Just the Uni-joiner connection works fine as long as the modules are just for yourself, but I fear that if the modules are taken to a show, they won't stand up to being bumped into repeatedly. In this case, it's not an issue since it's more of a personal layout, but if you're building something that's to be set up at shows, something a bit more sturdy is required. Also, the strength depends a bit on the layout as well. If you have a small-ish oval, there's enough rigidity from just setting up the modules. If you have a long stretch (say, a point to point tram layout of about 15-20 modules in length), it's a lot more vulnerable.

 

(I might also be overthinking this, I have a tendency to do so :))

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Sir Madog

I have seen videos of meets they have in Japan, where they put up huger layouts consisting of these modules. They are always set up on tables with some kind of "clearance" to avoid spectators "bumping" into the layout.

 

The rail joiners will eventually wear out, but that´s no big deal, as they can easily be replaced.

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disturbman
As the rail extends 1mm beyond the module end, you might damage the track if you screw the modules together, I guess.

 

A detail I had overlooked but you can add a 2mm thick buffer piece between the two modules that will be part of the scewing mechanism.

 

Screwing would be possible, but there are some issues with that. For example, if you take the module in the rear with the bridge, once you've added scenery, you can't really use screws anymore, or at least, not in an easy way.

 

Good remark. This is a real problem. But I can see a way out of it, you mostly need to let 2 to 3 cm of bare wood under the lowest module floor.

 

Anyway. I'm really interested to see how Madog's layout is going to turn out. I've been thinking about that type of layouts since 2009. Back then, I even had started to build something only out of foamcore and with the help of a hot glue gun. They are still somewhere taking dust.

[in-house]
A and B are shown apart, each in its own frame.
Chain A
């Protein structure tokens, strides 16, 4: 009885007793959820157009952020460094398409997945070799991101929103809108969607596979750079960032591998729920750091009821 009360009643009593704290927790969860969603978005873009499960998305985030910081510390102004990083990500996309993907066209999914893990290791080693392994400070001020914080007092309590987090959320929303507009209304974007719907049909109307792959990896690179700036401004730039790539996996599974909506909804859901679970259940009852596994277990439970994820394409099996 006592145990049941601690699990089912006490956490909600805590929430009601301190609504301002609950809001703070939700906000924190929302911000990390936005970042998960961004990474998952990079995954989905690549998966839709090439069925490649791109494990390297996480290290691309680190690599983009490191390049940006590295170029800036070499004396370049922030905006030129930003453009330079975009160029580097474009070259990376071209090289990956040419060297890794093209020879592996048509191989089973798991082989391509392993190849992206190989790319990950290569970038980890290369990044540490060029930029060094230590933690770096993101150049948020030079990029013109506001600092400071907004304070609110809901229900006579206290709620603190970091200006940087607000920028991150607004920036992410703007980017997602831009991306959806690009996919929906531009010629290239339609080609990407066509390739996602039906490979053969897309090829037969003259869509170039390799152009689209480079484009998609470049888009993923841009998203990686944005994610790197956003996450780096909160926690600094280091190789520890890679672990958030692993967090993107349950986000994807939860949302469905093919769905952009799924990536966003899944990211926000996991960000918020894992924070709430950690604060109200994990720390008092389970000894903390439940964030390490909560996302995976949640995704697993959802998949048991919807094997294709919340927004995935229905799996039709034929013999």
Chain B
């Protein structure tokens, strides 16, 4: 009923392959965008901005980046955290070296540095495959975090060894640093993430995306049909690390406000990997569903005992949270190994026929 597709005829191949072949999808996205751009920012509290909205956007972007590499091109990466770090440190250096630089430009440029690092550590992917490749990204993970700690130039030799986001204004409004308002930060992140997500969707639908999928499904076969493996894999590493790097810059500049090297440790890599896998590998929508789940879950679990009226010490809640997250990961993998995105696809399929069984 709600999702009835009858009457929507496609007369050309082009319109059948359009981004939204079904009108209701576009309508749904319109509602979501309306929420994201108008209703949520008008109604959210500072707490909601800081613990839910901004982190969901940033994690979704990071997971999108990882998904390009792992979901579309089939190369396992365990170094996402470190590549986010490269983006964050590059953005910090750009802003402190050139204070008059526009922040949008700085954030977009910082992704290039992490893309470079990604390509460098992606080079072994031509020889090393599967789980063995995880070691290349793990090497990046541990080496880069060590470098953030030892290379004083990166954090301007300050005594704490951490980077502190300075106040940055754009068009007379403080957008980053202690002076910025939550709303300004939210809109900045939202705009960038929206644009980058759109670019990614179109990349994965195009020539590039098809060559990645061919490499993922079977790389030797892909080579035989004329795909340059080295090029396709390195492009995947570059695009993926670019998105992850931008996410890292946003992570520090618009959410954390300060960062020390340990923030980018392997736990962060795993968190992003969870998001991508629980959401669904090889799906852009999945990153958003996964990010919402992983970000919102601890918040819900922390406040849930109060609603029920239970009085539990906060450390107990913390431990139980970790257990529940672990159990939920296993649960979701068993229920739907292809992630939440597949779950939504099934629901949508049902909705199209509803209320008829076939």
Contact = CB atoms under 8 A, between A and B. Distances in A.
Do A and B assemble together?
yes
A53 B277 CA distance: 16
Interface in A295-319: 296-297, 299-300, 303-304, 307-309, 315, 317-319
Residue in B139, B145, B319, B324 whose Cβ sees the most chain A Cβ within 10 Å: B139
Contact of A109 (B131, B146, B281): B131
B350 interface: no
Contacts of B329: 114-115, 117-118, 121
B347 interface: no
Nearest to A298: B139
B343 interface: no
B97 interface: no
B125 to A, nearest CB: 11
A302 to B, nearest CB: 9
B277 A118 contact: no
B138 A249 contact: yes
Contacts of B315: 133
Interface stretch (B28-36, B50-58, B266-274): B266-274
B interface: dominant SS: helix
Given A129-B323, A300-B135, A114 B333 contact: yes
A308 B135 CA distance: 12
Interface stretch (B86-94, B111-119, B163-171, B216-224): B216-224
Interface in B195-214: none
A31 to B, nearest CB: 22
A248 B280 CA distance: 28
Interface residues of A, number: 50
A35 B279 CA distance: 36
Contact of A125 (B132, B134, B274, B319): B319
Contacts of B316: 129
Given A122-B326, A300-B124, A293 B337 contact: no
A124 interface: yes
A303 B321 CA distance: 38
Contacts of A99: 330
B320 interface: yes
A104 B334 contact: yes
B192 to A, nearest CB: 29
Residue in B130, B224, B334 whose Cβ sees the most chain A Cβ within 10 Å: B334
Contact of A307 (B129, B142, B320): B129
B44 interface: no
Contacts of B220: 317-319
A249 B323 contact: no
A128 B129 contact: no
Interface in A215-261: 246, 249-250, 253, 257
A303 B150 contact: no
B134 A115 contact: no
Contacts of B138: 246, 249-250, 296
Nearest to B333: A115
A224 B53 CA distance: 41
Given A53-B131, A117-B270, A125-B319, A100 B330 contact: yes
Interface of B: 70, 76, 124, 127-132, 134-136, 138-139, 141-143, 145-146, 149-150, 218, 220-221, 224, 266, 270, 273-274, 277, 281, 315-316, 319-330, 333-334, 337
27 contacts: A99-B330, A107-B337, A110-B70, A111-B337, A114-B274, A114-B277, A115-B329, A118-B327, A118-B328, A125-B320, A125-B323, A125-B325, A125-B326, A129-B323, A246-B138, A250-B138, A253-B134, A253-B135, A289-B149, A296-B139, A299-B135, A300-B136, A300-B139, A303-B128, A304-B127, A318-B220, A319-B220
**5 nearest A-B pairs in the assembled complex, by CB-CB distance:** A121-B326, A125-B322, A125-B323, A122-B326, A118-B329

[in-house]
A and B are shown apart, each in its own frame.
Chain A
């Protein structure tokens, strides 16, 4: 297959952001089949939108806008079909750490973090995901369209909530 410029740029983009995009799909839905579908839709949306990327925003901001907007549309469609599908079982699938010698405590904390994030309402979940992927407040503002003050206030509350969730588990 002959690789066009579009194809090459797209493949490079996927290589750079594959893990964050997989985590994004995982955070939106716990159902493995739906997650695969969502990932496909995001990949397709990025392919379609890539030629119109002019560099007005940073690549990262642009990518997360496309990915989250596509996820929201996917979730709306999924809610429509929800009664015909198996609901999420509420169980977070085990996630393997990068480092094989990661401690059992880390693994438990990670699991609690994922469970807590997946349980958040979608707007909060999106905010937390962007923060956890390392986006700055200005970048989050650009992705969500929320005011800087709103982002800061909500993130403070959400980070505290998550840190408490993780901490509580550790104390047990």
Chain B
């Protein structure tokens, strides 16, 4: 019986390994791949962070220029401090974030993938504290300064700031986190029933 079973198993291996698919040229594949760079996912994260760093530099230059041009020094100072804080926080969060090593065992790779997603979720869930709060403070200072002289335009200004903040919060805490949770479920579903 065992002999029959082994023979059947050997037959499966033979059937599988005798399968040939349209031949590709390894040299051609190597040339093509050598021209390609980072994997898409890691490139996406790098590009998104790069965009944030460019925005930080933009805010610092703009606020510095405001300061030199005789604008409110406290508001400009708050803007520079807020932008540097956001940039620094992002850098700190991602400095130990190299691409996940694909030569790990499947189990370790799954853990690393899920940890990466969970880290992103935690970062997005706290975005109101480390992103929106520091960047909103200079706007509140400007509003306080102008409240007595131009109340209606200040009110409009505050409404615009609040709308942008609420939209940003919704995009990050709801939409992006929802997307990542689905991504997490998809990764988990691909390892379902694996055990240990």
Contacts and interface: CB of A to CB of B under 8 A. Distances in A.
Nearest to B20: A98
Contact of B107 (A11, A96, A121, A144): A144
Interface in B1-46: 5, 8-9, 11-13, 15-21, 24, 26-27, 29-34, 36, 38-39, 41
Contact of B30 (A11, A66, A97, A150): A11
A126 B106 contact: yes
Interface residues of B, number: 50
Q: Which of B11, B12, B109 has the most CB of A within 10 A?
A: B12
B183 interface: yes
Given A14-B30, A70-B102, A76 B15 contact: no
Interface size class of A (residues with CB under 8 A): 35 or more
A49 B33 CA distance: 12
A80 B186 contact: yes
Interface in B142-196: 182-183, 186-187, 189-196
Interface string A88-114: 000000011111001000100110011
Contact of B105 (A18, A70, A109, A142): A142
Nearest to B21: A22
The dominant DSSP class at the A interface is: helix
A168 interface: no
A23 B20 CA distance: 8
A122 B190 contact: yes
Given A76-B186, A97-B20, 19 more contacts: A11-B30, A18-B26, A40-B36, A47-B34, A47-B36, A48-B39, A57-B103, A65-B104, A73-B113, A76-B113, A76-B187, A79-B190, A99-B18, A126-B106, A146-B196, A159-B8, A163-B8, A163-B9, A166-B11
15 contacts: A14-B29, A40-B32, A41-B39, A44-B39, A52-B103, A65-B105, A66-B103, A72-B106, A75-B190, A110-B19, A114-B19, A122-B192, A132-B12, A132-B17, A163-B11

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keitaro

A cheap and nasty alternative is to get the child proof door locks you would put on you cupboard doors to stop the little ones from getting in have the attaching from one mode side to the other tightly. Then can easily clip off and on when wishing to move.

 

We use these clear ones that stick using some adhesive and can handle a fair amount of pull so would definately keep this held together nicely

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Sir Madog

A cheap and nasty alternative is to get the child proof door locks you would put on you cupboard doors to stop the little ones from getting in have the attaching from one mode side to the other tightly. Then can easily clip off and on when wishing to move.

 

We use these clear ones that stick using some adhesive and can handle a fair amount of pull so would definately keep this held together nicely

 

Good idea - I always like the quick & dirty approach. Might look into that, should I be going to a meet.

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Martijn Meerts

I have seen videos of meets they have in Japan, where they put up huger layouts consisting of these modules. They are always set up on tables with some kind of "clearance" to avoid spectators "bumping" into the layout.

 

The rail joiners will eventually wear out, but that´s no big deal, as they can easily be replaced.